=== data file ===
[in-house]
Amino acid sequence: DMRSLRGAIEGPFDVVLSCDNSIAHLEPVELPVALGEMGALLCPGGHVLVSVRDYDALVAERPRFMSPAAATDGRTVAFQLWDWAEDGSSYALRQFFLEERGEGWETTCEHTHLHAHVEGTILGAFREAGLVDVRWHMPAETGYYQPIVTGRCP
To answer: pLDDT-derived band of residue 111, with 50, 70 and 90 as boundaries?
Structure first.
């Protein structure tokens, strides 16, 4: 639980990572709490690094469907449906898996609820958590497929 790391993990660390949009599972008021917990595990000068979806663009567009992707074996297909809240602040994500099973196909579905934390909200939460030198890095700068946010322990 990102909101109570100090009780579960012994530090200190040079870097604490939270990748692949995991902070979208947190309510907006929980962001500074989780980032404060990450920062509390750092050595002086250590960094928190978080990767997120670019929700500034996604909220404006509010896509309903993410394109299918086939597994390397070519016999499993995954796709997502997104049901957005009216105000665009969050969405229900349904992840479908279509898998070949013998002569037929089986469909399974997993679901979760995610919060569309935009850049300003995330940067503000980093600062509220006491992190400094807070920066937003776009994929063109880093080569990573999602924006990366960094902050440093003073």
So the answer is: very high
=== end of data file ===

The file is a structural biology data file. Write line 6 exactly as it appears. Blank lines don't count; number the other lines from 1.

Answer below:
So the answer is: very high